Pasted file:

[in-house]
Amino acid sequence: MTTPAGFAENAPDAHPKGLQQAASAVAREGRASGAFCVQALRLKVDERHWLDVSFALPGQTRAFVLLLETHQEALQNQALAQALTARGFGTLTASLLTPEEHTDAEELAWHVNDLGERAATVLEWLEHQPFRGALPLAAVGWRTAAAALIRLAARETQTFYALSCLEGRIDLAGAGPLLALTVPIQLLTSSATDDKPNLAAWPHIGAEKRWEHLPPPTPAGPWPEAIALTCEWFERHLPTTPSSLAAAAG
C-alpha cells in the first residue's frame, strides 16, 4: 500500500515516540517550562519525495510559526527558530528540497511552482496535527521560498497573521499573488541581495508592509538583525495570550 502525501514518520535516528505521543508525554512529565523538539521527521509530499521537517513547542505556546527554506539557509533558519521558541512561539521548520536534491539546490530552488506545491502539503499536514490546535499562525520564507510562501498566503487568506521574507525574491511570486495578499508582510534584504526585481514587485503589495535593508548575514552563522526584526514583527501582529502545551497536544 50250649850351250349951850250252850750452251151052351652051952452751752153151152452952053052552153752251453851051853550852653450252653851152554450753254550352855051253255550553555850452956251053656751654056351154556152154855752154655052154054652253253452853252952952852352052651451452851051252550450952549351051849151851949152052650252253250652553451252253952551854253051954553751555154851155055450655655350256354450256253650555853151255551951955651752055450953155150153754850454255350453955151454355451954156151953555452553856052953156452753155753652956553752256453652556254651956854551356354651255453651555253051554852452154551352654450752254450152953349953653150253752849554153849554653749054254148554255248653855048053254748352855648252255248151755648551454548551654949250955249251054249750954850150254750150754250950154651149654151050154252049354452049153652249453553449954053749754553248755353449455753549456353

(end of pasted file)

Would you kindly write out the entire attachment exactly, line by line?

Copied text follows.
[in-house]
Amino acid sequence: MTTPAGFAENAPDAHPKGLQQAASAVAREGRASGAFCVQALRLKVDERHWLDVSFALPGQTRAFVLLLETHQEALQNQALAQALTARGFGTLTASLLTPEEHTDAEELAWHVNDLGERAATVLEWLEHQPFRGALPLAAVGWRTAAAALIRLAARETQTFYALSCLEGRIDLAGAGPLLALTVPIQLLTSSATDDKPNLAAWPHIGAEKRWEHLPPPTPAGPWPEAIALTCEWFERHLPTTPSSLAAAAG
C-alpha cells in the first residue's frame, strides 16, 4: 500500500515516540517550562519525495510559526527558530528540497511552482496535527521560498497573521499573488541581495508592509538583525495570550 502525501514518520535516528505521543508525554512529565523538539521527521509530499521537517513547542505556546527554506539557509533558519521558541512561539521548520536534491539546490530552488506545491502539503499536514490546535499562525520564507510562501498566503487568506521574507525574491511570486495578499508582510534584504526585481514587485503589495535593508548575514552563522526584526514583527501582529502545551497536544 50250649850351250349951850250252850750452251151052351652051952452751752153151152452952053052552153752251453851051853550852653450252653851152554450753254550352855051253255550553555850452956251053656751654056351154556152154855752154655052154054652253253452853252952952852352052651451452851051252550450952549351051849151851949152052650252253250652553451252253952551854253051954553751555154851155055450655655350256354450256253650555853151255551951955651752055450953155150153754850454255350453955151454355451954156151953555452553856052953156452753155753652956553752256453652556254651956854551356354651255453651555253051554852452154551352654450752254450152953349953653150253752849554153849554653749054254148554255248653855048053254748352855648252255248151755648551454548551654949250955249251054249750954850150254750150754250950154651149654151050154252049354452049153652249453553449954053749754553248755353449455753549456353